Did I ever want to know as much about fishing as I learned while reading this book? Never in a million years. Junger does it in a way though that, yes you're learning a ton about fishing and boats and weather patterns and rescue swimmers, but it's so you can fully understand what was happening and what could have happened on the Andrea Gail. It's been a few days since I finished this and I still have extremely vivid imagery of specific scenes, especially Junger going into detail of what happens when a person drowns... it stays with you.

This book won't be for everyone, but if you've heard about The Perfect Storm and seen the movie, I highly suggest reading the book. It gives you such a deeper insight as to what may have happened with the men on the Andrea Gail. ( )
  oldandnewbooksmell | Sep 24, 2021 |
I tried. I tried so hard but I just can't get into this book at all.
  amcheri | May 25, 2021 |
This book is an interesting story about fishermen who spend most of their lives at sea because it is the only way they can make money. The money they make completely depends on how lucky they get at sea. A boat could catch more swordfish in one week than another one catches in a month. Their ability to stay alive also depends on their luck at sea. Some fishermen are only home for a week at a time, and they end up spending much of their earned money on drinks. The book has a disappointing ending, but it is very interesting to learn about the ways of the sea and the life of a fisherman. The book definitely has its boring parts, but the interesting parts outweigh those. ( )
  Charles_Tauckus | Nov 5, 2020 |
The perfect storm engulfed the Andrea Gail, a swordfish boat with its six crew members, in 1991, many miles off the coast of Massachusetts. Nobody knows exactly what happened. However, there were other ships out in the ocean that night, in different locations, and there are accounts of other ships encountering horrific storms from other years. From these accounts, Junger pieced together a reasonable account of what happened on the Andrea Gail.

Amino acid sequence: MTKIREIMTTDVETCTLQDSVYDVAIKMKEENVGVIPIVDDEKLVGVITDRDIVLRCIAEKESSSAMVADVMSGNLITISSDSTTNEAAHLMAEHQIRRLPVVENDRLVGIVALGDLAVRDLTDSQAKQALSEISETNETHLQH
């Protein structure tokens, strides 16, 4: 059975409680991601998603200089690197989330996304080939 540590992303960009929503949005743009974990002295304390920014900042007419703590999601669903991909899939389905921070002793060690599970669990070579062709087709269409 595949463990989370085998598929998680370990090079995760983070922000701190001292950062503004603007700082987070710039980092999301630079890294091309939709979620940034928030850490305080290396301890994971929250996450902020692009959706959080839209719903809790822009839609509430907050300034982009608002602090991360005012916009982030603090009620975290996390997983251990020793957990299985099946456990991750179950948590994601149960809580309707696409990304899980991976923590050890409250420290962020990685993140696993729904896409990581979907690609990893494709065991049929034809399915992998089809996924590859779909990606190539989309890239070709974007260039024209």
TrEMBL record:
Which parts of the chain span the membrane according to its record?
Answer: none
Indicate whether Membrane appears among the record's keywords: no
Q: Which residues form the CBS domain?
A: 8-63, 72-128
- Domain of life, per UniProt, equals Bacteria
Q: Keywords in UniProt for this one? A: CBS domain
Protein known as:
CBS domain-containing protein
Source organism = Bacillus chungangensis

It is not fiction. All quotations are exact, from actual people. Junger never goes over the line to make up a story, just offers possibilities.

We first get to know the crew, just a little, just enough to care something about the men. Then we follow radio contact, weather reports, wave reports, visual accounts. We get to know the folks back on shore, waiting for these men.

It's a revealing work, showing just how nature's forces can defeat any effort by humans to survive or even to rescue those trying to survive. Others have said it's an accurate account of what it is like out there in these unusual storms. I am prepared to believe that. ( )
  slojudy | Sep 8, 2020 |
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Sebastian Jungerautor principaltodas as ediçõescalculated
Bourdier, JeanTradutorautor secundárioalgumas ediçõesconfirmado
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It's no fish ye're buying, it's men's lives.
- Sir Walter Scott, The Antiquary, Chapter 11